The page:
Friday, January 14, 2011

Right Light Makes the Photo, Wrong Light Breaks It

Over the holidays I was fortunate to visit San Francisco and Northern California. The days leading up to my departure from Cowtown were met with much anticipation, as this was to be my first trip to the Golden State as a learning DSLR photographer. While I've found many wonderful shooting opportunities in Fort Worth since embarking on my DSLR journey early last year, it's always nice to get a change of scenery, which naturally provides shooting challenges I may not have previously encountered in my home state and town.

Anyone with even a superficial knowledge of San Francisco can fathom that it is a very photogenic place. Simultaneously, many of these same photogenic spots have been shot countless times, and may appear to some as cliche' upon initial viewing. To me, what makes the difference between mere cliche' and an interesting photo is not only composition, but how the scene is lit.

Upon arriving in Frisco, I was greeted by slate gray, cloudy skies, with the threat of a Pacific storm due in by evening. Not exactly the deep blue skies and crisp sunshine I was perhaps secretly hoping for. What to do...keep the camera sheathed in its bag and wish the clouds away? Nope...just look for good light where it can be had. And at times that means you need to wait for it, I've found.

Here's an example. Outside my Lombard Street motel window, across the street, was this shot:




Technically, it's a decent shot. The even lighting from overcast skies doesn't make it easy to blow the exposure. But, as lit, it strikes me more as a snapshot than a photo that has some measure of attention grab.

Here's the same scene, shot just a few hours later:





This scene interests me a lot more than the previous shot. The red glow from the neon not only bathing the curving bay window of the apartment building, but also how it accentuates the cornice over the window. The curtains of the upstairs apartment being open and the interior lit, gives the viewer a glimpse of San Francisco residential life without appearing vouyeristic. The clutter on the roof muted by the night sky. The illuminated snowman and icicles on the balcony give away what time of year the picture was taken. Overall, while the composition of this shot differs little from the first, it holds my interest far more, all because of how it is lit.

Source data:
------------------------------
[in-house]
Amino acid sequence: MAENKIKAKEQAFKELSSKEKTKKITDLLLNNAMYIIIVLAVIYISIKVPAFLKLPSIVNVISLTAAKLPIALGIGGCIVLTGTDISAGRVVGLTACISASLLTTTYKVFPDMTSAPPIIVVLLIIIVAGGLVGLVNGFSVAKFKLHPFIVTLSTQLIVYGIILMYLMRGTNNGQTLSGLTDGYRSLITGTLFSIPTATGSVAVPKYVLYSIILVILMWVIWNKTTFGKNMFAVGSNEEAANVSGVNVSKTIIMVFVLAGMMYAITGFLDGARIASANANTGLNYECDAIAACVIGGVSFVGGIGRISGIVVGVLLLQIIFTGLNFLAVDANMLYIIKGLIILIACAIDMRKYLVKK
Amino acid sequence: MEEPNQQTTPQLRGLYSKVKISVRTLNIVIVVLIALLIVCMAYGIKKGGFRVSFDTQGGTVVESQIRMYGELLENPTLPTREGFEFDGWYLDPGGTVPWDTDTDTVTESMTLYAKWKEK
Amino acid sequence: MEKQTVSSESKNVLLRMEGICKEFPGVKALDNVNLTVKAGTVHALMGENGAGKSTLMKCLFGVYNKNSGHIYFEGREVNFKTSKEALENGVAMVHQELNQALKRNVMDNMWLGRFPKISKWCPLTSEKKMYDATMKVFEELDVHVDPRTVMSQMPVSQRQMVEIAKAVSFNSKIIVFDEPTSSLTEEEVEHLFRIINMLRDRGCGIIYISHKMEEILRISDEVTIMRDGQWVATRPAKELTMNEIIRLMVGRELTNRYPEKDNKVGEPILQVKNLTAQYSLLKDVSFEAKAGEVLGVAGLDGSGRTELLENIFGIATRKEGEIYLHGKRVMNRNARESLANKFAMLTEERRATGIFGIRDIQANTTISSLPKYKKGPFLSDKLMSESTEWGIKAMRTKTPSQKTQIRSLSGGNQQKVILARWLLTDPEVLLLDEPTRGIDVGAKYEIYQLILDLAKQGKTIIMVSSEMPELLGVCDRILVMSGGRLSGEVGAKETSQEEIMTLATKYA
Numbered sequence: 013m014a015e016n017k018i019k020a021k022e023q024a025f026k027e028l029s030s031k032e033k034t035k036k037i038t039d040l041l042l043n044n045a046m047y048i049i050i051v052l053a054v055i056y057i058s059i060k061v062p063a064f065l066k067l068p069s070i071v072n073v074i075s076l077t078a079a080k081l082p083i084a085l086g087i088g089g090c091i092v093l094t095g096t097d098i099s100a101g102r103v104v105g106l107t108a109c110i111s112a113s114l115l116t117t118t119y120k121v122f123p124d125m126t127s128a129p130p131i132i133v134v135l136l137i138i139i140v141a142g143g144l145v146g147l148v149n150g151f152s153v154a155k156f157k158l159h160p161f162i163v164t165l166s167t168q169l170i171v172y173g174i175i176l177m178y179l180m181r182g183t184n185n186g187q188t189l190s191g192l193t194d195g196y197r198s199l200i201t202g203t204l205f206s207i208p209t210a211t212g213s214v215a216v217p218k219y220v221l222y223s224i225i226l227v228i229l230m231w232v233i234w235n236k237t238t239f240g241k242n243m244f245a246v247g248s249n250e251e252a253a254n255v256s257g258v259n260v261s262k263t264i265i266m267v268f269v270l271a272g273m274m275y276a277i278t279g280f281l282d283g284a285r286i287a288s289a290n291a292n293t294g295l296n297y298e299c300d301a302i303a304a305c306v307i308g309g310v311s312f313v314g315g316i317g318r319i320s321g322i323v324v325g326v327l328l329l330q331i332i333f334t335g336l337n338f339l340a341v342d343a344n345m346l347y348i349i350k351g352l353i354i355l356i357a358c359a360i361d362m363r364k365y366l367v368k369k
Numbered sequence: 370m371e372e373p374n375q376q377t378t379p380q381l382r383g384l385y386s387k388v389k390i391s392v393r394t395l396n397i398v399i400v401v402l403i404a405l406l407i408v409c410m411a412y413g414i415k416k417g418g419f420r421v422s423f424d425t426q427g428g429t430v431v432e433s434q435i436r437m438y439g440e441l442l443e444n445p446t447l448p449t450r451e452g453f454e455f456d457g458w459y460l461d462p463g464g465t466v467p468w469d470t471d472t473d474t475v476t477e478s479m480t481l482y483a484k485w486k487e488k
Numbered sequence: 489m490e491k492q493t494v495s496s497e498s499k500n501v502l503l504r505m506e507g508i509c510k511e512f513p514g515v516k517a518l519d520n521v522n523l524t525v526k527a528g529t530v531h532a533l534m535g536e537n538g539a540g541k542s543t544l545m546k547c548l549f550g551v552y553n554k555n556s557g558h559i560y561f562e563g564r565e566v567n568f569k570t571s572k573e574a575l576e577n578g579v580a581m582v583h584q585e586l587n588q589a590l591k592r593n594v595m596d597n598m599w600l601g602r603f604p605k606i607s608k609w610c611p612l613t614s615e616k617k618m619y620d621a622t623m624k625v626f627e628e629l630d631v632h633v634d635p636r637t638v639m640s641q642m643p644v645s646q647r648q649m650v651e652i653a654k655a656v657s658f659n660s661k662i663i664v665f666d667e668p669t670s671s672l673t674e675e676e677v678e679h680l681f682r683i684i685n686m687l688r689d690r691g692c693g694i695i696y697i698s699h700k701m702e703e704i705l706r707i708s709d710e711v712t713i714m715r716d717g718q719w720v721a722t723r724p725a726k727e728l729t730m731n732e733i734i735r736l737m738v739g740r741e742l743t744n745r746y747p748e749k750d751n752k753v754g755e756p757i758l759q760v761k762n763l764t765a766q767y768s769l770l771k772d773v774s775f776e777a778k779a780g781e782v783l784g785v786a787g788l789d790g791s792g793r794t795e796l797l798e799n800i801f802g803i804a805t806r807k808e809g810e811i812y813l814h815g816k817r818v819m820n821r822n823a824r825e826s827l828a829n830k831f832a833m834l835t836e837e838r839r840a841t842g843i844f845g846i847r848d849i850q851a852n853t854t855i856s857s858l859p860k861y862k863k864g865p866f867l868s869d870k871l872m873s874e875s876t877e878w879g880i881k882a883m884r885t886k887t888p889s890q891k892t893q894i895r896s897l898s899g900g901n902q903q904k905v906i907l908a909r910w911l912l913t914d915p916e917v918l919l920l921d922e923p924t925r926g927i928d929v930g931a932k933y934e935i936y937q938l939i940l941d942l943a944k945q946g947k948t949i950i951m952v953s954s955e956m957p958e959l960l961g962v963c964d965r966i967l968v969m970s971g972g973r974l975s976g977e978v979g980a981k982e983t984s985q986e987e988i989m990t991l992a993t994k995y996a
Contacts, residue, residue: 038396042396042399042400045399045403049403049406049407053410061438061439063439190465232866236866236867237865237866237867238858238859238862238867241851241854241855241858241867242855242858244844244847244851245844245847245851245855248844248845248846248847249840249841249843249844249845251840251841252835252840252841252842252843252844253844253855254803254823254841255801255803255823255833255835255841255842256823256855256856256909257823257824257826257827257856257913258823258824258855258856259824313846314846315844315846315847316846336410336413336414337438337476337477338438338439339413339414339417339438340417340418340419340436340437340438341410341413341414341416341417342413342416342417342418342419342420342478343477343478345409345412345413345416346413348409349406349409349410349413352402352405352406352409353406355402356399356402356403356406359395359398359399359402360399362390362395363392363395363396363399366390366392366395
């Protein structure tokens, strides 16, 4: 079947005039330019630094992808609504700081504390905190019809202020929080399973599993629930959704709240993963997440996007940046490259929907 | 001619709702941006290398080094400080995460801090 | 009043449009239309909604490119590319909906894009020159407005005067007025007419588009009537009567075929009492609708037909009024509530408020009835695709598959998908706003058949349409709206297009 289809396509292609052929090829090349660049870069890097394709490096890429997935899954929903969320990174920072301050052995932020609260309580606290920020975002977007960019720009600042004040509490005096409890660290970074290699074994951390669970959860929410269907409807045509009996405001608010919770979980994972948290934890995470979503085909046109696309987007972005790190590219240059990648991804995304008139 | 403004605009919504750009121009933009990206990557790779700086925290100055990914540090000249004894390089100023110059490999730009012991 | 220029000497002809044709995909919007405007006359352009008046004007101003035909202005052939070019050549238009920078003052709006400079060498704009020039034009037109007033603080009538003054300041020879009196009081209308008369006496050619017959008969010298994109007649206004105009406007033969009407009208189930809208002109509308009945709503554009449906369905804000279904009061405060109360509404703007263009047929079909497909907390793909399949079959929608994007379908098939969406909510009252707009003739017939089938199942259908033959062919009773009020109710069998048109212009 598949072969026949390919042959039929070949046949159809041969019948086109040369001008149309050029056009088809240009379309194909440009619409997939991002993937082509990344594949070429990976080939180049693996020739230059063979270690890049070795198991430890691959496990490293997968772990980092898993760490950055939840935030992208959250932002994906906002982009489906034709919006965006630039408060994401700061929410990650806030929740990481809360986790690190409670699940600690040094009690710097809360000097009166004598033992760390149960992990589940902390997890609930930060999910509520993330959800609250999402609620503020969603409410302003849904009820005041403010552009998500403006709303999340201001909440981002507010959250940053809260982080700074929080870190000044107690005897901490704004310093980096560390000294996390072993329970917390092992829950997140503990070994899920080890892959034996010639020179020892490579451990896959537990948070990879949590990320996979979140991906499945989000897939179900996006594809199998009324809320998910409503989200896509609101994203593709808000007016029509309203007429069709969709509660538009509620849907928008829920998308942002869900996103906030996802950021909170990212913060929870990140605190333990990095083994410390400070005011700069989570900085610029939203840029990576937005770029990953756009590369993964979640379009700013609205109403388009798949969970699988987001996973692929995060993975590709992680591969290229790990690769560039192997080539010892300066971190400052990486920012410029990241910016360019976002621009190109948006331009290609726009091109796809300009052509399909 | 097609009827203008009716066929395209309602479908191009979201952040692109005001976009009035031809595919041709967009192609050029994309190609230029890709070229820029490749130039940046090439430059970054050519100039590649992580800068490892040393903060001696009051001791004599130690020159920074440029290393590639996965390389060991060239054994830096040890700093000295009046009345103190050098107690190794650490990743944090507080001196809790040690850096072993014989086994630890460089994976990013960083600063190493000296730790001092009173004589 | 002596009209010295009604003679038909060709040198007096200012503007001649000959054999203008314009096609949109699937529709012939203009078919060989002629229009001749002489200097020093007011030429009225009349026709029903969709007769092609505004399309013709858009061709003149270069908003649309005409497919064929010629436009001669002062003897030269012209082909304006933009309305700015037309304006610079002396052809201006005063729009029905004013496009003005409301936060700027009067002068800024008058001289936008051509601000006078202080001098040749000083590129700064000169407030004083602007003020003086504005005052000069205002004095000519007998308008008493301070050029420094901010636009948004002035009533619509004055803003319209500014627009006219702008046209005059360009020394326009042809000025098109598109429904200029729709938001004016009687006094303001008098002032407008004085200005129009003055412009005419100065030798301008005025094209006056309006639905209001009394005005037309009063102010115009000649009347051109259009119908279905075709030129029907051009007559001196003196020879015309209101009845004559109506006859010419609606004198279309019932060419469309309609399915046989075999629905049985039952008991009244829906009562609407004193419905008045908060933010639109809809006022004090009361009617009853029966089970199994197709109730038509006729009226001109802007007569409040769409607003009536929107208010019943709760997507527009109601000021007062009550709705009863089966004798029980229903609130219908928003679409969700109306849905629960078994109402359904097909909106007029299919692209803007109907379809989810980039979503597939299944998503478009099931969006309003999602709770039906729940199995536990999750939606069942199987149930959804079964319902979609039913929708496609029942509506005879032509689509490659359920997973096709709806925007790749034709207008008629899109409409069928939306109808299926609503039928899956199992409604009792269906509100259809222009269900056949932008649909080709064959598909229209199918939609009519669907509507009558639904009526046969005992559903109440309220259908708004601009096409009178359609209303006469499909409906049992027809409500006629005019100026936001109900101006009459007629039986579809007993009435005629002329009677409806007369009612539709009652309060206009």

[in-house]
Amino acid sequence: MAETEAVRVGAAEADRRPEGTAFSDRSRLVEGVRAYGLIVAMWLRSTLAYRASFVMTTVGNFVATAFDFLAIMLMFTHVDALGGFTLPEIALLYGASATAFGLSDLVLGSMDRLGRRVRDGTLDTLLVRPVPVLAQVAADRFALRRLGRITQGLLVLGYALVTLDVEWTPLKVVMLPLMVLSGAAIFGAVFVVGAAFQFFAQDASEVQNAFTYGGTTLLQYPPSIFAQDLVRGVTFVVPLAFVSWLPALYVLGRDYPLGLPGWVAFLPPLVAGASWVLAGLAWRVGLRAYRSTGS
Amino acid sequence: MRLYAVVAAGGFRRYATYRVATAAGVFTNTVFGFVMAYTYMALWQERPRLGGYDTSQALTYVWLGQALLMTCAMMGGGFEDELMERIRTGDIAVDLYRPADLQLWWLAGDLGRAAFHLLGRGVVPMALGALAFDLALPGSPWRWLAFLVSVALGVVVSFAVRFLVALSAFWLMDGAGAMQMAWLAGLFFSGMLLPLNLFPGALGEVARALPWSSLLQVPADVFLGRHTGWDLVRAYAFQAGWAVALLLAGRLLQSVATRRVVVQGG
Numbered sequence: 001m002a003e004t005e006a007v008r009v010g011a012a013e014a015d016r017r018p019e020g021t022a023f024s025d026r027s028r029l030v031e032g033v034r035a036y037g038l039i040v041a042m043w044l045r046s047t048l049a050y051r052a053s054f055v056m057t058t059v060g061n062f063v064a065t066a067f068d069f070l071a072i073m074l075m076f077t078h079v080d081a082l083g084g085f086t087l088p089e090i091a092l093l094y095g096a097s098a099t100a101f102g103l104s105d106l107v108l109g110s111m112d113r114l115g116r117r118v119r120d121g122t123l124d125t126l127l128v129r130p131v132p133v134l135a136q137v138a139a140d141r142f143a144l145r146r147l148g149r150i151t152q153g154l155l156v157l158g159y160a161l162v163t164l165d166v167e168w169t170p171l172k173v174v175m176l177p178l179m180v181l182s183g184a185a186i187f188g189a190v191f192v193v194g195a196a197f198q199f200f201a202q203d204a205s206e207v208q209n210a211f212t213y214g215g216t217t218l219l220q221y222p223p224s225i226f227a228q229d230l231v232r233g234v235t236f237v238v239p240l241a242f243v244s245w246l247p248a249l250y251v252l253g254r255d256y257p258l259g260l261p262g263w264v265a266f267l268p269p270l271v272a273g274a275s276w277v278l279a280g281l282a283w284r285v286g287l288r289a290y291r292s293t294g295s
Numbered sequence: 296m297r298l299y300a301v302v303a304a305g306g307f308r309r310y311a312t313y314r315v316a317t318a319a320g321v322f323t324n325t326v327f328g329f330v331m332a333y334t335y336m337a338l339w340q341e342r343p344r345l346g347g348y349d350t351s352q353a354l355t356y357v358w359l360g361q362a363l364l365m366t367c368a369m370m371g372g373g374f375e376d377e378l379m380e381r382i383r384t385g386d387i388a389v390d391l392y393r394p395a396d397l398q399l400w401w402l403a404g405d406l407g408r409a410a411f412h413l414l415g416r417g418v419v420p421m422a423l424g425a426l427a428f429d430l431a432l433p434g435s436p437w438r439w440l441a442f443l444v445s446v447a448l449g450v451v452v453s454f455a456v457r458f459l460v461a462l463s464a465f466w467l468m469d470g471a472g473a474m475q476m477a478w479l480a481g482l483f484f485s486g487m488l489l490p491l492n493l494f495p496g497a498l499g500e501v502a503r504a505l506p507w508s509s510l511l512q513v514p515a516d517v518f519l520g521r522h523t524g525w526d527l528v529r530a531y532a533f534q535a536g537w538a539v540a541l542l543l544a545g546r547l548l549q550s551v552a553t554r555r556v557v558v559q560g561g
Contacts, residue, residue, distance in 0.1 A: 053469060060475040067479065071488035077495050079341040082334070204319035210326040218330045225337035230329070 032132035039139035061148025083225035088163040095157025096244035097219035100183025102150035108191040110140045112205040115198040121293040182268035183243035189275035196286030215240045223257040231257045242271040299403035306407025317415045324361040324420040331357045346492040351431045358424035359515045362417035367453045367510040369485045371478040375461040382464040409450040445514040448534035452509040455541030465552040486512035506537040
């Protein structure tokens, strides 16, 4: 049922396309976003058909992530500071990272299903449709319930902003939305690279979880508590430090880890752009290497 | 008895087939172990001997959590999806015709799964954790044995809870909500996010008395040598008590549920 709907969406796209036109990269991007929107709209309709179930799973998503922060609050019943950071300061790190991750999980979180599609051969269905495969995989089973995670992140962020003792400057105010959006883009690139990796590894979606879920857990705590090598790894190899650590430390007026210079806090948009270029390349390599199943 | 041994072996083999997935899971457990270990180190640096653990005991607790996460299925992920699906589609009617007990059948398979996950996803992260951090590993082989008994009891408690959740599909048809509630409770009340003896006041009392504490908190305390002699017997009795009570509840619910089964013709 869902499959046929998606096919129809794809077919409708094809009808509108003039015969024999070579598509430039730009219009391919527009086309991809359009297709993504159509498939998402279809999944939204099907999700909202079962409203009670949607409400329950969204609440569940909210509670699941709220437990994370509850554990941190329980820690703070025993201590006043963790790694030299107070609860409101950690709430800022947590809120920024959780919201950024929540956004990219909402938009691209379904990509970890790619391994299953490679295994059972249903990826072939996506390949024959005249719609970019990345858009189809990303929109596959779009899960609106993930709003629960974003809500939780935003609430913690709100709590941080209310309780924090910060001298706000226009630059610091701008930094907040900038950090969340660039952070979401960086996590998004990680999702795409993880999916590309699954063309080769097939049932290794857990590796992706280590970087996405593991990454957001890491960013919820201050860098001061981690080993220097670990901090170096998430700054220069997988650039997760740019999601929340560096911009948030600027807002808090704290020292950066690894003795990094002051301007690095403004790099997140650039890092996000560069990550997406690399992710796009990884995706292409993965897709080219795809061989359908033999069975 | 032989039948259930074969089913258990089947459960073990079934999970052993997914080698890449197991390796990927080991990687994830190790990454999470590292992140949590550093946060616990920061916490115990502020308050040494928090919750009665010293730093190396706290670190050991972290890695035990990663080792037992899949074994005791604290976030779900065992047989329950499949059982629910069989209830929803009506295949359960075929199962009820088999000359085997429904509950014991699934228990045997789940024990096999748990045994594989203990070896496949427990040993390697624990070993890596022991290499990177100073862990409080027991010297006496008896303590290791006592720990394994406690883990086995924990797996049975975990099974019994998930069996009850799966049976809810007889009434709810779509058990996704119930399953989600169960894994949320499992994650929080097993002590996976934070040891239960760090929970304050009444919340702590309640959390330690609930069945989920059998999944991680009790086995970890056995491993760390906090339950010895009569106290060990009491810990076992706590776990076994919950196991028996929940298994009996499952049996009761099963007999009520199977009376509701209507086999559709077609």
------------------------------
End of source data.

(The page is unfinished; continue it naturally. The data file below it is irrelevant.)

What I like about this shot is that it has sort of an Edward Hopper painting ambiance to it. If you're unfamiliar with Edward Hopper's work, go to Google images and check it out.

The first night and following morning provided me another lesson regarding lighting, and from the same motel window:








This isn't really a good snap; mainly a grab shot as I was testing how it would look without a neutral density filter over the lens. At the time I did not know I'd be using this shot as part of a blog entry. You just never know. As is, the shot has some visual interest, especially for anyone unfamiliar with Frisco urban streetscapes, but it is nothing compelling.

So how about a different time of day?





Early morning (predawn) is a great time to shoot. Same goes for evening after sunset. I've had fun with other shots in the past where I've attempted to balance the deep blue of dusk with artificial lighting. Cameras do cool things with both. No less at dawn, either.
This still is no fantastic scene, but if I had only this or the one above to show to someone, or be judged by in a contest, this latter one would be a no-brainer entry.

Take-away lessons? Within the same 24 hour period, I managed to get all of the photos above. While my first day in Frisco was cloudy followed by rain, the next day dawned clear. The clouds and rain kept me and my D90 indoors, but night and the following morning turned otherwise pedestrian shots into keepers. It appears patience and timing are integral aspects of becoming a better photographer.

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